Artistry, Labor Strife, and Cutthroat Competition
The transfer plate process allowed producers of Staffordshire earthenware plates to produce ever-more detailed works of art, but that was not enough to stay ahead of the competition. The business was rife with labor strife, cutthroat competition, and theft of artwork and designs. This plate was made by the pottery of brothers James and Ralph Clews, located in Staffordshire, England. Opened at about the time Illinois became a state, the Clews continued in operation until 1835. The Clews pottery was a major exporter to the United States, and its ceramics were a familiar sight in Illinois homes.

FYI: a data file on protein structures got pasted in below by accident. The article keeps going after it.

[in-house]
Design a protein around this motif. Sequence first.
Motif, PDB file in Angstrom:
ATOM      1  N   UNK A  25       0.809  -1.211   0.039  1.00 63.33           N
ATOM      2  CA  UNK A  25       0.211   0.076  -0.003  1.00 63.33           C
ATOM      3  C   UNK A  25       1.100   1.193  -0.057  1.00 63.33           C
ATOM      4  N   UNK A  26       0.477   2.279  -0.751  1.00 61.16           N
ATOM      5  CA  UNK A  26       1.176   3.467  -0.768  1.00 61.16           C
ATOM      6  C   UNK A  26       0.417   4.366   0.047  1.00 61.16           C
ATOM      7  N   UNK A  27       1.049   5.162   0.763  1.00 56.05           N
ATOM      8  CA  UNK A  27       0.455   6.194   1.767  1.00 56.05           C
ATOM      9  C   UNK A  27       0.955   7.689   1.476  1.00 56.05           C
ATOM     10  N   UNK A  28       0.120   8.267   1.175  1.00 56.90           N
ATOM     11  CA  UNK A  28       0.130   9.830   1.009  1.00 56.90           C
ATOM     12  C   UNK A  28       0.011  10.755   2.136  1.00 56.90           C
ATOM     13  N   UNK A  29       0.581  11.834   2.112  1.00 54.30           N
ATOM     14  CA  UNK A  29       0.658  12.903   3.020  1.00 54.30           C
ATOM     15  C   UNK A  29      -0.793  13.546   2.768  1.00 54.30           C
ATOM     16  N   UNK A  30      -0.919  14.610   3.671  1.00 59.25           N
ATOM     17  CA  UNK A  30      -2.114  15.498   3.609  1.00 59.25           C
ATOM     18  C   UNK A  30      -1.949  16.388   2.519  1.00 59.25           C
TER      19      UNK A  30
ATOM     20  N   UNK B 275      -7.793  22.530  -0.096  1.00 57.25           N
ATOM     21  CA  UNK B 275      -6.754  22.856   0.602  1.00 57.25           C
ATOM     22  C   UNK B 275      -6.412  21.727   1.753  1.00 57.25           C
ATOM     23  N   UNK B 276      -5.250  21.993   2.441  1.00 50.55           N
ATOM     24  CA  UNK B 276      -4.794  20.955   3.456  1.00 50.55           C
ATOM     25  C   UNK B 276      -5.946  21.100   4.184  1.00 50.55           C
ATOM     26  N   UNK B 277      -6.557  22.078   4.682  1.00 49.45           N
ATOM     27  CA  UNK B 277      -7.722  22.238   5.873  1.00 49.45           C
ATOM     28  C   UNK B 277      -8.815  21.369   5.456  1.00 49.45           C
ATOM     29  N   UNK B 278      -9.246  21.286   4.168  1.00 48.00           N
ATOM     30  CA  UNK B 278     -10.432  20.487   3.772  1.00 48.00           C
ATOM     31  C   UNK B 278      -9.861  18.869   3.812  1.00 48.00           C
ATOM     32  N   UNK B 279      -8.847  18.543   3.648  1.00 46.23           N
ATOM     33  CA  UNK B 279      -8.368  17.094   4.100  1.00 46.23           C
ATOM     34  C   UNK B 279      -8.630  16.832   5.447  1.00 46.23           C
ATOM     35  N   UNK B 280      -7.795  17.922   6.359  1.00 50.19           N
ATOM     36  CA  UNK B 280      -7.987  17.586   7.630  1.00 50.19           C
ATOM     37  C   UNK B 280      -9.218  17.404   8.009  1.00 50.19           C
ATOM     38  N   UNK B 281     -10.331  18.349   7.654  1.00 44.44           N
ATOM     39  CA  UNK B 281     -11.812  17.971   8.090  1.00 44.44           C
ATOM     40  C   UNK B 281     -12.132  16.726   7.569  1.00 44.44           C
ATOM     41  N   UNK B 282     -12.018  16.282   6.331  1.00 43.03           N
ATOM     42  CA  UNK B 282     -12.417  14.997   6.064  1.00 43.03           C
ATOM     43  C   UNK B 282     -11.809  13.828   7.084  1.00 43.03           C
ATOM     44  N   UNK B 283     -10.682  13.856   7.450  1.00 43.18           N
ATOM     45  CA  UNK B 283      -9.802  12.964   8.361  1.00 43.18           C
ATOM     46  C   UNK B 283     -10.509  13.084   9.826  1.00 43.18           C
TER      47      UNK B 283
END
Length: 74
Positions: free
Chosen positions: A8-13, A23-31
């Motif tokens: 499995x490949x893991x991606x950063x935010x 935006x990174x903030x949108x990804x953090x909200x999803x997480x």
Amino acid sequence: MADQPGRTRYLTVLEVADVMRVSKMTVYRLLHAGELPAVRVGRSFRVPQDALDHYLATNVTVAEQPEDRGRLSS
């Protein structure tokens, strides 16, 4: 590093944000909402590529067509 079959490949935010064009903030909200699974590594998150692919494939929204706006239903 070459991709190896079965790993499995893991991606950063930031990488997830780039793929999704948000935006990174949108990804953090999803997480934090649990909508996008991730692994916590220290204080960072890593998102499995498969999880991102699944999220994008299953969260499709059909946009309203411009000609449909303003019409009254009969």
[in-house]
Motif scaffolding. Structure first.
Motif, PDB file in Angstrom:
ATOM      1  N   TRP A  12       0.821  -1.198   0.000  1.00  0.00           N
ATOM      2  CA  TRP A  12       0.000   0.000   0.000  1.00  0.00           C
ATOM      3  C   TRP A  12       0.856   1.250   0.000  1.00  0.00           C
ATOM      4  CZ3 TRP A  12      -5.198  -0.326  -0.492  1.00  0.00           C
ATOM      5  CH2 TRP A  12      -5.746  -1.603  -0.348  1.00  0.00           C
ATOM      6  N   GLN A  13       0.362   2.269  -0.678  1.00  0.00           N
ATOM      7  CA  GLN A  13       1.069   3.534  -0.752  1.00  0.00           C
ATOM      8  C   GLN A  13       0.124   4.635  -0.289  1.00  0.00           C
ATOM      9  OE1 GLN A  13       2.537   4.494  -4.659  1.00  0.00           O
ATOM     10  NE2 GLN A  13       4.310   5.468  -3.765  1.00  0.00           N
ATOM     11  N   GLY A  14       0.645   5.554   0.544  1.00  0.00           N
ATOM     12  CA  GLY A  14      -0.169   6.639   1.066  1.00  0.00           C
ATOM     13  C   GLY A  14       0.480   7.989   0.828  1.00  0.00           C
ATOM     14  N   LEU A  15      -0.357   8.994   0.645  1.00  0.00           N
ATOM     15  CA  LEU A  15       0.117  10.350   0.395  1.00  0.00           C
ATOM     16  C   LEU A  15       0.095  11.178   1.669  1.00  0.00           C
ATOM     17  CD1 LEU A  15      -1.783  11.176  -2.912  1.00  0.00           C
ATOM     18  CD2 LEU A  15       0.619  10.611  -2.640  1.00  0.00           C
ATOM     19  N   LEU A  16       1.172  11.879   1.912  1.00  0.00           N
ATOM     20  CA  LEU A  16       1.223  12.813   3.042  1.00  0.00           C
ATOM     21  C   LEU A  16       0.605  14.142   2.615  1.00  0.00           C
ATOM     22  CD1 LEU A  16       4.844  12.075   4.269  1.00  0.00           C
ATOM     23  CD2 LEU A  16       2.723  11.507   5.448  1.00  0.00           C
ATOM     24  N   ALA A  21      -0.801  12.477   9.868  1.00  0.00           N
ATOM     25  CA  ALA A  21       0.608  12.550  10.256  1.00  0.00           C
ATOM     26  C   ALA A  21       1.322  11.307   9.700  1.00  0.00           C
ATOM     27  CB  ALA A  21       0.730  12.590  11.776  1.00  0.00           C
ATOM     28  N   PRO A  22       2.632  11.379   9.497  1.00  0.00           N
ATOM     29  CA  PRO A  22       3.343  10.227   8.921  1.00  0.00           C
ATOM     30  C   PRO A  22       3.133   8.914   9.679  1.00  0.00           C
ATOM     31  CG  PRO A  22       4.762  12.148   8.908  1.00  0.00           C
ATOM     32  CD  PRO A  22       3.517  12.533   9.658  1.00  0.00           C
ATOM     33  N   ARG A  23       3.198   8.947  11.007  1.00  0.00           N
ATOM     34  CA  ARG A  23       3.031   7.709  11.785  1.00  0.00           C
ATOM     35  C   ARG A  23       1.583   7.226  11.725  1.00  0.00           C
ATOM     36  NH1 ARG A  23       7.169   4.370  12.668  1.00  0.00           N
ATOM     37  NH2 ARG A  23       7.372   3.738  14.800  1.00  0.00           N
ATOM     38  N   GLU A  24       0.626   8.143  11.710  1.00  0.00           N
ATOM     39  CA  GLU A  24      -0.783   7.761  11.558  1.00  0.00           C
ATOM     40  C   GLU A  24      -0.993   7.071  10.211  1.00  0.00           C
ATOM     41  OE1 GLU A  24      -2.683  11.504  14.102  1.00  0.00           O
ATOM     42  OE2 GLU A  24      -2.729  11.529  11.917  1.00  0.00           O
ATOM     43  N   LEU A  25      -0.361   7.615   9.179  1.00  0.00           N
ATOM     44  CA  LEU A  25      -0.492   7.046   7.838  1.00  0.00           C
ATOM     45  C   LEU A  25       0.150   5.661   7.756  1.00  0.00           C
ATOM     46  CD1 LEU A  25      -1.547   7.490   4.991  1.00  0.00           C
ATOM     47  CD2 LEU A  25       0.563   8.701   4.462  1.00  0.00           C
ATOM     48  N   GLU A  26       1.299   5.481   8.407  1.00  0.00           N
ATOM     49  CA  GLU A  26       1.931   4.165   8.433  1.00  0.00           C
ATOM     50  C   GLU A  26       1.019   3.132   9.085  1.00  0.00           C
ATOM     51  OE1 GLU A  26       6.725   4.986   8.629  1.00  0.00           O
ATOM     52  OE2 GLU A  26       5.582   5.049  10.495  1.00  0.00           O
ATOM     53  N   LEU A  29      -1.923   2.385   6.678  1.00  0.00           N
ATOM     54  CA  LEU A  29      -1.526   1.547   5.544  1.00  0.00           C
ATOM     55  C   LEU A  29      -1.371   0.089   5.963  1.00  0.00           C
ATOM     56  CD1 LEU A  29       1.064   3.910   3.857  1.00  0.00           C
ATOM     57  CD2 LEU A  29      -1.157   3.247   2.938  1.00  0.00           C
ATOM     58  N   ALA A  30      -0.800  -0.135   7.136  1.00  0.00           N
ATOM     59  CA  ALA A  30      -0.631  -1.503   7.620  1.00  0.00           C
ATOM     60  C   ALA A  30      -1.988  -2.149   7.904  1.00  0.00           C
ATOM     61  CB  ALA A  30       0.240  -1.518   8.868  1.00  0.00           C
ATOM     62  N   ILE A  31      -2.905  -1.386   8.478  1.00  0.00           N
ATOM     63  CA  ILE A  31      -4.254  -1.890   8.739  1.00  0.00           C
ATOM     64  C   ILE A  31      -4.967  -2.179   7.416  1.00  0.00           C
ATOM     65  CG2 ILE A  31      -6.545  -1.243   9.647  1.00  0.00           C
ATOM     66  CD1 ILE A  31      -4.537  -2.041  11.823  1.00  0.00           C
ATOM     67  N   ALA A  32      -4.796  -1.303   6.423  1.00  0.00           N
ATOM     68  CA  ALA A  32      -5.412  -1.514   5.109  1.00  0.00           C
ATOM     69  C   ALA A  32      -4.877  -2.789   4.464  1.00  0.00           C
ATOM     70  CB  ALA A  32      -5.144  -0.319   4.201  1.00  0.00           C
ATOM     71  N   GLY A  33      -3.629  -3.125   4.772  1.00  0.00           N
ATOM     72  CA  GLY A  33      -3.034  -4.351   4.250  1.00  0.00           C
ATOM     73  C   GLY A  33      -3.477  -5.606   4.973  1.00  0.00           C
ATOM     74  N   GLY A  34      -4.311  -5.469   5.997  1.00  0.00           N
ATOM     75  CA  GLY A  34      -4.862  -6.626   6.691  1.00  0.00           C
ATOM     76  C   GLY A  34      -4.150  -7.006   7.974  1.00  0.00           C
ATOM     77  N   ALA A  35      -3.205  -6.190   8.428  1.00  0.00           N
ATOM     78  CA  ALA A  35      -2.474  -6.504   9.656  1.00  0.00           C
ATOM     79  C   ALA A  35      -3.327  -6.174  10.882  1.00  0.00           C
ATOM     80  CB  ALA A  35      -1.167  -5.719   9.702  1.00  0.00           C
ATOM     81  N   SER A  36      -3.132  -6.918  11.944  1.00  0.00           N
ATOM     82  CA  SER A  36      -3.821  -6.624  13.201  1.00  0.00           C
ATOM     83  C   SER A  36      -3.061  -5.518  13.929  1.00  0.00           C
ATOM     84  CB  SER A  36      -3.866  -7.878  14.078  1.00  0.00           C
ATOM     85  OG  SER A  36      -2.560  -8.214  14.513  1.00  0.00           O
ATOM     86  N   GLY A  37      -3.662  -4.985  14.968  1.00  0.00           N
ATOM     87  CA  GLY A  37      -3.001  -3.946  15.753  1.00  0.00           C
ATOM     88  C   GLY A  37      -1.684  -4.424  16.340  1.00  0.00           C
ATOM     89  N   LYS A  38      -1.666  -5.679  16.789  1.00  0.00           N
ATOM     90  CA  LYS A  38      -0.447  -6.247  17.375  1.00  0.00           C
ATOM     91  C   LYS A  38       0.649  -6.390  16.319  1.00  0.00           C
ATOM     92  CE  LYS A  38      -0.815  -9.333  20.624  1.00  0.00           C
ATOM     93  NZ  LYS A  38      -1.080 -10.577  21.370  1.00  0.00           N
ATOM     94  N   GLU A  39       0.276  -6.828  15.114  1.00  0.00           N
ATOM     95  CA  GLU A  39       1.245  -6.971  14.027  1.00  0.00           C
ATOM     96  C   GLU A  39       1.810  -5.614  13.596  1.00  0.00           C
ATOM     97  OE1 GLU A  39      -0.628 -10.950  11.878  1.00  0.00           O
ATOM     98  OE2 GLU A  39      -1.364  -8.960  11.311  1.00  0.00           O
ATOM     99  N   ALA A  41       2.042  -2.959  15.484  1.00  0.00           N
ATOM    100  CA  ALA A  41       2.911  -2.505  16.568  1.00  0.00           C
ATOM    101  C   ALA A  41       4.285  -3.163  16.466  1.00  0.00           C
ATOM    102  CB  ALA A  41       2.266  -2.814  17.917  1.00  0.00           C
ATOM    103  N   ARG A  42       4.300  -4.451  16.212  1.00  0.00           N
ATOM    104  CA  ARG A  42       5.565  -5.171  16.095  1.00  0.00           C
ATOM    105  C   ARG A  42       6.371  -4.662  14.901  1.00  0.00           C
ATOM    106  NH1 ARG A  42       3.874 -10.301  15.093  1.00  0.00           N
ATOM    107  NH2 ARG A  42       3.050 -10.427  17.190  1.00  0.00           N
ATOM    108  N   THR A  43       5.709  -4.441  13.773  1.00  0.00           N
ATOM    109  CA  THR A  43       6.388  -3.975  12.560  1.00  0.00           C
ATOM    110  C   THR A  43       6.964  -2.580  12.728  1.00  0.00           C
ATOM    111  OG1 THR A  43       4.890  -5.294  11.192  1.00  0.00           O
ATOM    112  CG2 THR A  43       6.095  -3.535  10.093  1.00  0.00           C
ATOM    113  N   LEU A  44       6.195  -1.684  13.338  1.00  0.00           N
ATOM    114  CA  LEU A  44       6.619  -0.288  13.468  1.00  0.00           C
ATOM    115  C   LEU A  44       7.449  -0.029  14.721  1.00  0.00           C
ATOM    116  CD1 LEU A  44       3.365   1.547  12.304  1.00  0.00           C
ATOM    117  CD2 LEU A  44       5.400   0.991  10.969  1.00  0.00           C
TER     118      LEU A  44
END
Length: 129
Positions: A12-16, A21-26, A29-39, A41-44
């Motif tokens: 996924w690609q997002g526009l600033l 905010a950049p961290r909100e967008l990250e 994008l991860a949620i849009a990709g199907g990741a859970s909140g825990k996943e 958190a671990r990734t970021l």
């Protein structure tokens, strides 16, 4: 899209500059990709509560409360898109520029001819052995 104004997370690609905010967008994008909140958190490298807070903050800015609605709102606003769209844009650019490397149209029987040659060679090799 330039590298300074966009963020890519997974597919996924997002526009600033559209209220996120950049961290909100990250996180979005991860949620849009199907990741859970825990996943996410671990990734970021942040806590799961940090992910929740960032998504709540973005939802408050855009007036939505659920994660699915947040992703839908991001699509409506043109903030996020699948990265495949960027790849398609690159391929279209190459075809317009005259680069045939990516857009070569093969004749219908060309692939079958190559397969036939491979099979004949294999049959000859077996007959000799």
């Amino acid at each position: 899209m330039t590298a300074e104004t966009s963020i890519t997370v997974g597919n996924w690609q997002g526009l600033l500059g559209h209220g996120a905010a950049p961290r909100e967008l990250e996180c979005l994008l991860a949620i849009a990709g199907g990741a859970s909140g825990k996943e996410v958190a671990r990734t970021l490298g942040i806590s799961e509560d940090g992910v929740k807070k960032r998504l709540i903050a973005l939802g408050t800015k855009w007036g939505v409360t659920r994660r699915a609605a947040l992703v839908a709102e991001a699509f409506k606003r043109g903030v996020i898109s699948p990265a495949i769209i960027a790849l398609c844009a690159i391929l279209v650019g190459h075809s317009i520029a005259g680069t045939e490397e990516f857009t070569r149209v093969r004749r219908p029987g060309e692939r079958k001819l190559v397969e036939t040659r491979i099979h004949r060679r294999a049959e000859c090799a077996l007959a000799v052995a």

The Clews brothers were not above stealing the patterns of their rivals, and they routinely borrowed artwork from outside sources. They also created additional turmoil by underpaying their workers and engaging in brutal competition with other English pottery exporters. This plate was made for the American trade and features an image of the Hudson River in New York. An etching by John Hill, after a watercolor by Irish artist William Guy Wall, forms the basis for the center of the plate. The Clews brothers altered it to fit the shape of the plate and replaced a lone man in the foreground of the original with a couple enjoying the view of Baker’s Falls on the Hudson River.